■ Jane B. Cadalig
How can traditional knowledge and traditional cultural expressions be protected under laws on intellectual property?
Experts said measures are in place to protect the intellectual property of indigenous peoples/cultural communities, but the challenge lies in how equipped the members are to advance the protection of their knowledge, cultural expressions, or their genetic resources.
Lawyer Gio Franco Gomez, consultant of the Creative Industries Development Program Management Unit of the Department of Trade and Industry, said it is challenging to protect the intellectual property of indigenous communities because of their collective nature.
Marlo Q. Carag, area manager for Intellectual Property Office (IPO)-Luzon, shared this, saying the protection of the IPs’ intellectual property should be done by the groups themselves or their respective local government units.
“For community-owned knowledge, it should be the members that should manage the recognition and protection systems of this knowledge. We have laws on intellectual property rights, but it should be the groups that are directly affected that should lead in the protection of their rights.”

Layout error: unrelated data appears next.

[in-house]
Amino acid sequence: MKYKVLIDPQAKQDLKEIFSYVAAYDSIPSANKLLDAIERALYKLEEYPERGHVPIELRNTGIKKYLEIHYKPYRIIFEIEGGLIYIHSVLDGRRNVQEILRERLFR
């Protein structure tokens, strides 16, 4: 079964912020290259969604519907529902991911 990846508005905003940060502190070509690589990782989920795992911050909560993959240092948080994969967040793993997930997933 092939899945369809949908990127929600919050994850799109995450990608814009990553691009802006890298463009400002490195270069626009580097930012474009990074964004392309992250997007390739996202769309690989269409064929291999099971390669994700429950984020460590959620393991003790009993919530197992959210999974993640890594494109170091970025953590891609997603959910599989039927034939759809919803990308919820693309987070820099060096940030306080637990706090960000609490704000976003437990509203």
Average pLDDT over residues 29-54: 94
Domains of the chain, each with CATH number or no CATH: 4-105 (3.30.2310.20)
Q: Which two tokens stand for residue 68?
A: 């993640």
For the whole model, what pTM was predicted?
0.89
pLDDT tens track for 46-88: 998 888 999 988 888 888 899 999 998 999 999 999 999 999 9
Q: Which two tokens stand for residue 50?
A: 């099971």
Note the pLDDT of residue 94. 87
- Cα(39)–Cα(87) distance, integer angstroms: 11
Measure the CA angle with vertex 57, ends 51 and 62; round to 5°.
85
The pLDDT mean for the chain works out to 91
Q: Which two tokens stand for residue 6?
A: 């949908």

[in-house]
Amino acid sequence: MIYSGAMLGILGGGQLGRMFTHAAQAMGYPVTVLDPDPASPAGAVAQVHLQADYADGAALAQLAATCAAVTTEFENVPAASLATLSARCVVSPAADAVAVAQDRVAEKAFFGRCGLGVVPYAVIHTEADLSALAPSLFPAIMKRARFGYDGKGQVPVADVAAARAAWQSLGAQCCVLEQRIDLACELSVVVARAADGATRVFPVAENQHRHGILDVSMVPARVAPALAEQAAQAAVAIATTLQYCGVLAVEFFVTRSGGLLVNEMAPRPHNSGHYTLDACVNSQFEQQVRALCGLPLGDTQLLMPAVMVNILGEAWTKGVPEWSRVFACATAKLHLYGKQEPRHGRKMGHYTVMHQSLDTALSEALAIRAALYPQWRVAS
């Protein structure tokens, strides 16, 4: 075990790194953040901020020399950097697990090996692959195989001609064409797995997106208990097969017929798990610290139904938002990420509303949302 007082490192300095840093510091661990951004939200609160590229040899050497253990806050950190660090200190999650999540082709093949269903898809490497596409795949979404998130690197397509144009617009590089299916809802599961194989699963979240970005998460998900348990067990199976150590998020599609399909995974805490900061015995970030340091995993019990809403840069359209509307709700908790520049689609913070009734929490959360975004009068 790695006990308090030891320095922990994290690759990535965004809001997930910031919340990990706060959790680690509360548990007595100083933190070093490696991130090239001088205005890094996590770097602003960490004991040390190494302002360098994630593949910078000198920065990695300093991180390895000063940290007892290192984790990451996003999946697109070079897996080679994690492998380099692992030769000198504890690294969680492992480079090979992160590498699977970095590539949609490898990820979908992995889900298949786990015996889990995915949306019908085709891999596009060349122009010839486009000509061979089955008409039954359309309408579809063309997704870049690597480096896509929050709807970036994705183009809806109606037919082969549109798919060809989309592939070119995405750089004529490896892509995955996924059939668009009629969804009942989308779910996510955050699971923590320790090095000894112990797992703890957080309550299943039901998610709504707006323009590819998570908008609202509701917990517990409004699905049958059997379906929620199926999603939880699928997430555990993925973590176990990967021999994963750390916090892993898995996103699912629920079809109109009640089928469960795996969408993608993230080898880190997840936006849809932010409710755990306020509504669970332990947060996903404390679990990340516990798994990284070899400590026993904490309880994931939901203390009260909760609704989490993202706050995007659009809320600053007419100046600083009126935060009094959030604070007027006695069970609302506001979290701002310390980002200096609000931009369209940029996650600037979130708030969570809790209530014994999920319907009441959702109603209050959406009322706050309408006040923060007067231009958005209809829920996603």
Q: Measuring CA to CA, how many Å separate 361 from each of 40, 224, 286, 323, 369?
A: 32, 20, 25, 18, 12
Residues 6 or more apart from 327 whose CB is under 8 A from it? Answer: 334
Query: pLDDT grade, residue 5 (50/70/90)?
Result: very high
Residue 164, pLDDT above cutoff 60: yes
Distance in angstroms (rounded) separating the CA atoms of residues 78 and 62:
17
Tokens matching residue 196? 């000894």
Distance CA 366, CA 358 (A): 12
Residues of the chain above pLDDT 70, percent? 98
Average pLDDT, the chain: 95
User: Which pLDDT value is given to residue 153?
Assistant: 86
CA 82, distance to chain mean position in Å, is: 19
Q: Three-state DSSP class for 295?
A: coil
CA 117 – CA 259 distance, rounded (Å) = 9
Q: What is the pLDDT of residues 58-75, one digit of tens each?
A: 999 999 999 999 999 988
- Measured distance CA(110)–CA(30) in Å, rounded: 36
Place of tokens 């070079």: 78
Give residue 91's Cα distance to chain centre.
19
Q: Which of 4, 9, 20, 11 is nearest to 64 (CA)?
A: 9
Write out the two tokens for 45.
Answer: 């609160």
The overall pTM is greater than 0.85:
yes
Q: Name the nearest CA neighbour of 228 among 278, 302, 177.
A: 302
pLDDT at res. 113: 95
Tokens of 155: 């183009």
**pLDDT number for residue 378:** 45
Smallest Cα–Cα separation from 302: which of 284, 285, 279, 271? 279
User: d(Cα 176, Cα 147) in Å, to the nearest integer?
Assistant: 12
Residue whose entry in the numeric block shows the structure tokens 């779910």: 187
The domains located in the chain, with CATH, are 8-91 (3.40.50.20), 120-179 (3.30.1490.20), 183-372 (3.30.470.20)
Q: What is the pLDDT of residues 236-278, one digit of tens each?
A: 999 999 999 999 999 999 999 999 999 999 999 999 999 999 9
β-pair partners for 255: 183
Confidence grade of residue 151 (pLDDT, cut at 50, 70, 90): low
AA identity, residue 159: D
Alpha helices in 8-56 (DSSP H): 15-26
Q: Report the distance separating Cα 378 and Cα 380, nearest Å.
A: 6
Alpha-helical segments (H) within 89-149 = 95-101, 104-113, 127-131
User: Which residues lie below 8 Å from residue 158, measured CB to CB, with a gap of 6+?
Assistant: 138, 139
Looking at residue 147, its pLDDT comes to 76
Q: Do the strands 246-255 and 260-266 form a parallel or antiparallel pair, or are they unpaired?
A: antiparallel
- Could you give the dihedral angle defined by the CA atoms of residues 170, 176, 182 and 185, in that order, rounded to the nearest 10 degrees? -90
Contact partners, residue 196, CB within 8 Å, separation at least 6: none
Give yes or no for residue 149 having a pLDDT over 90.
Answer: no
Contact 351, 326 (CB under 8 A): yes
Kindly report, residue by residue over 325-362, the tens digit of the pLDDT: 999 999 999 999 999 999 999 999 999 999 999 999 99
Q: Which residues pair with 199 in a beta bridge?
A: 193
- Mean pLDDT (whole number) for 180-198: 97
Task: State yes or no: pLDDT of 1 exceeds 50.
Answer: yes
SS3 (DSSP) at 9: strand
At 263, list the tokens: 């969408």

Carag said one way of protecting intellectual property, especially if this is a product that is meant for commercialization, is through branding or trademark.
For instance, if a community is the source of handicrafts and the people want the product to be identified with their place as the origin, the IPO and the Department of Trade and Industry can help facilitate the protection of their craft through branding or the registration of their trademark.
“If the community is organized and managed professionally, their handicraft industry can be sustained, but there should be someone from the community that should lead,” he said.
In terms of performances that are recorded, Carag said if the Copyright Law is strictly applied, the copyright belongs to the person who recorded the performance, and the actors and the producer should benefit from the residuals every time the performance is played.
He said community-owned knowledge or crafts cannot be issued with a copyright because a copyright can only be given to an individual creator.
Carag said the Cordillera, given its diverse cultural background, should be the model for the protection of traditional knowledge and cultural expressions.
DTI-Cordillera Director Juliet Lucas said the DTI has been advocating for barangays or LGUs to document the cultural properties they claim to own so they can have these protected with collective trademarks.